The record contains enough evidence that, if credited, could support a jury's finding that Cablevision's rationale for Kirkland's treatment and eventual termination was a pretext for illegal race discrimination and retaliation.2 For example, Kathryn Nivins, an Asian–American female whom Robert Cockerill hired to replace Kirkland, testified that Cockerill explained Kirkland's termination by criticizing Kirkland's failure to discipline one of his regional managers (all of whom were African–American). S.A. 320–21. Nivins testified that Cockerill told her that Cockerill “ha[d] come to learn that they don't know how to police each other.” S.A. 321. Nivins also testified that, during her interview, Cockerill gave her an “overview” of these managers' strengths and weaknesses, explaining that “his opinion was that [the regional office] could lighten up a bit.” S.A. 321.
Other examples of proffered evidence, which could support a finding of pretext, if at least several were believed, follow:
•Kirkland swore that when he and the other AOMs—the rest of whom were white—gave presentations in September 2008 or 2009, Cockerill cut Kirkland's time short and singled out Kirkland's presentation for “heavy[ ]” criticism, including Cockerill's assertion that Kirkland's presentation “used a colored background and [that] there is no room for color in a business presentation” and “how white was better than color.” S.A. 757,1155–56.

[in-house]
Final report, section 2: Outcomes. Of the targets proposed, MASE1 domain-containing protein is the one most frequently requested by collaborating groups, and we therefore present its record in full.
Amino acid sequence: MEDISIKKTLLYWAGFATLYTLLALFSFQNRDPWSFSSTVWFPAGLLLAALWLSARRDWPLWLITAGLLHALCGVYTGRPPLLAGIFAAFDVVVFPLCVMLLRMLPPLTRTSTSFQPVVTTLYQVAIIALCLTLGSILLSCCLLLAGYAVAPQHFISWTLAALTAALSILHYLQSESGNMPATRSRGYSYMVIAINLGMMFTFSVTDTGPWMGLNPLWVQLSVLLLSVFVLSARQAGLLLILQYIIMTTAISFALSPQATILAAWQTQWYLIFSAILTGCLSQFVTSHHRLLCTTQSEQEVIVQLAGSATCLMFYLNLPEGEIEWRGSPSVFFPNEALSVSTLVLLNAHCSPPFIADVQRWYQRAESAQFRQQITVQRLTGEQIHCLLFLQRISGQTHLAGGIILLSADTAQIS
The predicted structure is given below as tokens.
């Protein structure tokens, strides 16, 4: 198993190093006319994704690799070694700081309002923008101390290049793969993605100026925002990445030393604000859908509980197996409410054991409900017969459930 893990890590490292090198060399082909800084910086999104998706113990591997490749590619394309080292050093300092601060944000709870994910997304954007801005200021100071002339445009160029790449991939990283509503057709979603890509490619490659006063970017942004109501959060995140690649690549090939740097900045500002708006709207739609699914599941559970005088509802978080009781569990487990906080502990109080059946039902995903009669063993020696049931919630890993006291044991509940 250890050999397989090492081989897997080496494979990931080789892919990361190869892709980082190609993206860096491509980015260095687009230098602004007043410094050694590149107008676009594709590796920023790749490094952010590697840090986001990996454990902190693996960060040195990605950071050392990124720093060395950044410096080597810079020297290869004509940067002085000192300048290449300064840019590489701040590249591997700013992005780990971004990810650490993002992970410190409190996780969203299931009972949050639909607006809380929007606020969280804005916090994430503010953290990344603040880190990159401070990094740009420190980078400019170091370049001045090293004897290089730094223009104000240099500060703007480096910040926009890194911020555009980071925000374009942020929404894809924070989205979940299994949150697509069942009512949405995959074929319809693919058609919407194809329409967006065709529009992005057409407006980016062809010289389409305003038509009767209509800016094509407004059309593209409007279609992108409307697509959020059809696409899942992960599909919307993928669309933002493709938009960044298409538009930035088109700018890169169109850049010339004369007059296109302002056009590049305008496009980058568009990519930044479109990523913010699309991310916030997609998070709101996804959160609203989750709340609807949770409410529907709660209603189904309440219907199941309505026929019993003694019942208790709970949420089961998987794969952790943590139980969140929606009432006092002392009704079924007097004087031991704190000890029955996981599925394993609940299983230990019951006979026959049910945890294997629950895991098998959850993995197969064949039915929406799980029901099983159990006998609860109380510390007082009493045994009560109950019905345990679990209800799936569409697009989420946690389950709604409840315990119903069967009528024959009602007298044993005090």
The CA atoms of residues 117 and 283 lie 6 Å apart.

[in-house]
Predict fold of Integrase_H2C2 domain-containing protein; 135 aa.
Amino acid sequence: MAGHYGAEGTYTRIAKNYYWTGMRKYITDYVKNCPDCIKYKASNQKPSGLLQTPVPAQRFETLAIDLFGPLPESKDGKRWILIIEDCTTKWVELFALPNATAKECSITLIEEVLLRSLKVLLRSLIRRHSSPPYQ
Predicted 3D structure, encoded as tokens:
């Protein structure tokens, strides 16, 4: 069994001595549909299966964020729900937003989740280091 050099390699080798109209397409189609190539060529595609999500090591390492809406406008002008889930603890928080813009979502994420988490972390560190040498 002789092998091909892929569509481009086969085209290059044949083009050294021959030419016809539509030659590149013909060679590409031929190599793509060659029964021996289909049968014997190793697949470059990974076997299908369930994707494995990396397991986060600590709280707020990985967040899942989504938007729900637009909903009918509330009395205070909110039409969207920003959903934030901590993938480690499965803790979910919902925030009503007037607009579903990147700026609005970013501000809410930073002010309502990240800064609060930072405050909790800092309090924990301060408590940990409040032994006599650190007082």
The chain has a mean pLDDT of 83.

• Kirkland swore that Cockerill and Human Resources manager Isaac Fennell falsified and back-dated documents that they used to support Kirkland's poor performance reviews “to cover up the real reason for ․ firing [him].” S.A. 927–28. See also S.A. 86, 1135. Kirkland's claim is made plausible by Nivins's testimony that Cockerill asked her to gather negative “information” on Kirkland “[r]ight after” Cablevision learned that Kirkland had sued. S.A. 321–22, 324. Nivins also claimed that when she told Cockerill that she “didn't have that information for him,” Cockerill turned against her. S.A. 322.